Bill and Corinne Heiligbrodt, who have been involved in the Thoroughbred business for more than 20 years, will begin dismantling their breeding and racing operation July 12 in Lexington. Phase one of the Texas couple’s dispersal will be held following the Fasig-Tipton Kentucky July select yearling sale, with Bluewater Sales serving as agent.
“We’ve been doing this for a long time and we’re getting pretty old,” said Bill Heiligbrodt July 10 while watching the dispersal’s horses being shown to prospective buyers at Fasig-Tipton’s Newtown Paddocks complex. “All of these horses, they’re owned by family, and we made a family decision that this (a dispersal) was the best thing to do. I don’t know for sure that our two children want to do this (breed and race Thoroughbreds).”
There are 80 broodmares, horses of racing age, yearlings, and a stallion cataloged for phase one of the Heiligbrodt dispersal. Not included in that total are 12 foals at the sides of the cataloged broodmares. Each mare with a foal will be offered as one lot. One of those lots is stakes winner Richbabe (by Richman) and her 2011 Street Sense colt, which is a half brother to grade III winner Richwoman (by Successful Appeal ). Richbabe was bred to Bluegrass Cat this year.
“A lot of nice horses are in here that we raced, so there’s always an emotional attachment even though it’s been pretty much a business for us,” Bill Heiligbrodt said. “We’ve got bunch of 2-year-olds in here that are pretty close to racing and that’s what I’ll miss the most, running those 2-year-olds that are in training. I picked out some of the better ones to come here.”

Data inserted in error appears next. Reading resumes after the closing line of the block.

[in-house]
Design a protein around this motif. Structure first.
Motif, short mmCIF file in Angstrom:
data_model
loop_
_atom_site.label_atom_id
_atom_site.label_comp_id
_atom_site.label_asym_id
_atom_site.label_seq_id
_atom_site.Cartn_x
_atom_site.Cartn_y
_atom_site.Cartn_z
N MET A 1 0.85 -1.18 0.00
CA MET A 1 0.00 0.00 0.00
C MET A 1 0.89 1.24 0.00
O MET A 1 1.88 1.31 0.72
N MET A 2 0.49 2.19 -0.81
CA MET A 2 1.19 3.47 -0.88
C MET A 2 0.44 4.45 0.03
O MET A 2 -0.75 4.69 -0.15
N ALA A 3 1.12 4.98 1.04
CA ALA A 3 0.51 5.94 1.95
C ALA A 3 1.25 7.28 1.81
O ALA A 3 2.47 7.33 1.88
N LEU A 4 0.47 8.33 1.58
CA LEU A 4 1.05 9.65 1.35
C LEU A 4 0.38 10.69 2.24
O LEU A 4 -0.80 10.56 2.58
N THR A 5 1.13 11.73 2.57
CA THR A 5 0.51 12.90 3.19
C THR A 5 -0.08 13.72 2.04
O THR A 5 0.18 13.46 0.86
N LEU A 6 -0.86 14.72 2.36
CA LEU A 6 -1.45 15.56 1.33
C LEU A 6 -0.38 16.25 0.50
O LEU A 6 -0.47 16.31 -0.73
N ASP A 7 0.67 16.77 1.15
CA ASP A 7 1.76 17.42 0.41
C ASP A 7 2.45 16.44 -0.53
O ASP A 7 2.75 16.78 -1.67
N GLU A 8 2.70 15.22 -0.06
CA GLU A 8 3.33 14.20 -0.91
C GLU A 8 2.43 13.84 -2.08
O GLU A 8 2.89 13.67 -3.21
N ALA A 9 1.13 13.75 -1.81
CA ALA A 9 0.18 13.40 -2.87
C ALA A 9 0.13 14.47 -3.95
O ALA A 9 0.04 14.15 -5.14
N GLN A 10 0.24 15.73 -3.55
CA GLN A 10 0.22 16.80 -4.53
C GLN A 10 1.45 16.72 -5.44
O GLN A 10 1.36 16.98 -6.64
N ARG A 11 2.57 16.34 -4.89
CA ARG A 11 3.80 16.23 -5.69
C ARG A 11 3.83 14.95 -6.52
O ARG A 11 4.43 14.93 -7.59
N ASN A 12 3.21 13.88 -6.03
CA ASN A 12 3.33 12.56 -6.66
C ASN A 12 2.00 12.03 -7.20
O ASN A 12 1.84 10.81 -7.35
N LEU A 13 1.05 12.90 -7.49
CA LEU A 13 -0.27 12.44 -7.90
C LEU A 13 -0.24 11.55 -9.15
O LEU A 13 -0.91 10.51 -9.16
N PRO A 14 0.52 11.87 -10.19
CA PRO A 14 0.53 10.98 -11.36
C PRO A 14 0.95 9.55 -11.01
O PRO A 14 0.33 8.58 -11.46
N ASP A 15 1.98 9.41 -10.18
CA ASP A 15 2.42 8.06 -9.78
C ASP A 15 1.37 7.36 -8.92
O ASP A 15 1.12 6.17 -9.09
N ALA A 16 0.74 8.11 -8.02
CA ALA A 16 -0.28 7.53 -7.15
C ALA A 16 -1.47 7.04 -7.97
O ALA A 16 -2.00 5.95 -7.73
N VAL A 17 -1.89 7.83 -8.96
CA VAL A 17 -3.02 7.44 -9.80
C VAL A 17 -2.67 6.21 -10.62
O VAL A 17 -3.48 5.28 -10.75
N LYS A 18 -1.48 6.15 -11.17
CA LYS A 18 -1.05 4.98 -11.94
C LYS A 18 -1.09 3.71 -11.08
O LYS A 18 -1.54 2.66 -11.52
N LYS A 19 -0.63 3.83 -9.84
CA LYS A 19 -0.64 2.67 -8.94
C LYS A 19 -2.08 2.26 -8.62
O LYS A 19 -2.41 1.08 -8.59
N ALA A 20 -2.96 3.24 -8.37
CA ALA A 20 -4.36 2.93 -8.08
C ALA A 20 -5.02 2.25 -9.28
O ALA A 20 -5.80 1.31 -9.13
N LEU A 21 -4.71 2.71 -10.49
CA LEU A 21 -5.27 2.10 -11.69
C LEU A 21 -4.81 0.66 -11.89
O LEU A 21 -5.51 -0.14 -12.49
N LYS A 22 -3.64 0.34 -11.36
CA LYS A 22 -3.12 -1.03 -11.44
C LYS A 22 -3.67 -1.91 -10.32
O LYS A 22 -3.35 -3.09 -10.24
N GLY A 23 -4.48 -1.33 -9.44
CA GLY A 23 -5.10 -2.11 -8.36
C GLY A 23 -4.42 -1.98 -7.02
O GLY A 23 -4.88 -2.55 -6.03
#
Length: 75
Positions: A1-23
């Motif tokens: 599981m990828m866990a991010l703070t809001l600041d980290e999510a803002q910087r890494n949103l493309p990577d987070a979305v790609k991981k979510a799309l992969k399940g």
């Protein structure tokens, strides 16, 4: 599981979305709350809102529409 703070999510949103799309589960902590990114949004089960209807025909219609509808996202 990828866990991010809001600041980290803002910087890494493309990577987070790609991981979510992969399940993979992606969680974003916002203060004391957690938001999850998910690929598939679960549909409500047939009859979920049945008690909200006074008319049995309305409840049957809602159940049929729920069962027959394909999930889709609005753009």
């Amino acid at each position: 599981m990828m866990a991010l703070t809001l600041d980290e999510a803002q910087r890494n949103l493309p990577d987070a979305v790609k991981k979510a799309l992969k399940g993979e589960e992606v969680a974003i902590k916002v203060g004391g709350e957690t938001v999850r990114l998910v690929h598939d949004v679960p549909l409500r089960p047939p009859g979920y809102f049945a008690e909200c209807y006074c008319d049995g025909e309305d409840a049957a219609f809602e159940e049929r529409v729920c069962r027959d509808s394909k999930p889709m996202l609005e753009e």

Grade II winner and stallion Bwana Charlie, a 10-year-old son of Indian Charlie, is in phase one of the dispersal as are the stakes-winning gelding Snug, who is an earner of more than $600,000, and 2011 added-money winners Hisse and Local.
“Those barns (where the Heiligbrodt stock is located) have been busy right from the start,” said Bluewater’s Meg Levy of the response so far to the dispersal’s horses. “Certain people are going straight to those barns.”
The Heiligbrodt’s horses should appeal to buyers, according to Levy, because the couple “concentrated on 2-year-olds and sprinters—particularly speed—in their buying and breeding programs. (Yearling-to-juvenile) pinhookers will like the precociousness and trainers will appreciate the physicals. It’s interesting to see the mares and foals together because they all have the same body type.”
Horses for phase one of the dispersal were chosen “to suit the clientele that normally comes to this (Fasig-Tipton Kentucky yearling) sale,” Levy said. “They are horses with some of the better pedigrees and better form as far as racing.”
Bill Heiligbrodt said the other phases of the dispersal will be conducted in conjunction with the Fasig-Tipton Texas yearling sale in August and the Ocala Breeders’ Sales Co. fall mixed sale in October. The Heiligbrodts’ horses also will be sold in Louisiana and in Kentucky in November. According to Heiligbrodt, he and his wife own “in excess of 200” Thoroughbreds.
“We enjoyed meeting the people and we enjoyed the competition,” said Corinne Heiligbrodt of the couple’s involvement in the Thoroughbred business. “But mainly we enjoyed the horses, from the time they were babies and all the way through.”
Bill Heiligbrodt didn’t rule out returning to the Thoroughbred game at some point after the dispersal is finished.
“We’ll look at it; we have a lot of friends in racing and it will be hard not to, especially if Texas racing gets slots and Louisiana stays where it is,” he said. “But we’ll be careful and take our time.”
Among the top Thoroughbreds bred and/or raced by the Heiligbrodts (including horses owned in partnership with others) are Appealing Zophie, Cashier’s Dream, Golden Ballet, Lady Tak, Posse, and Sis City.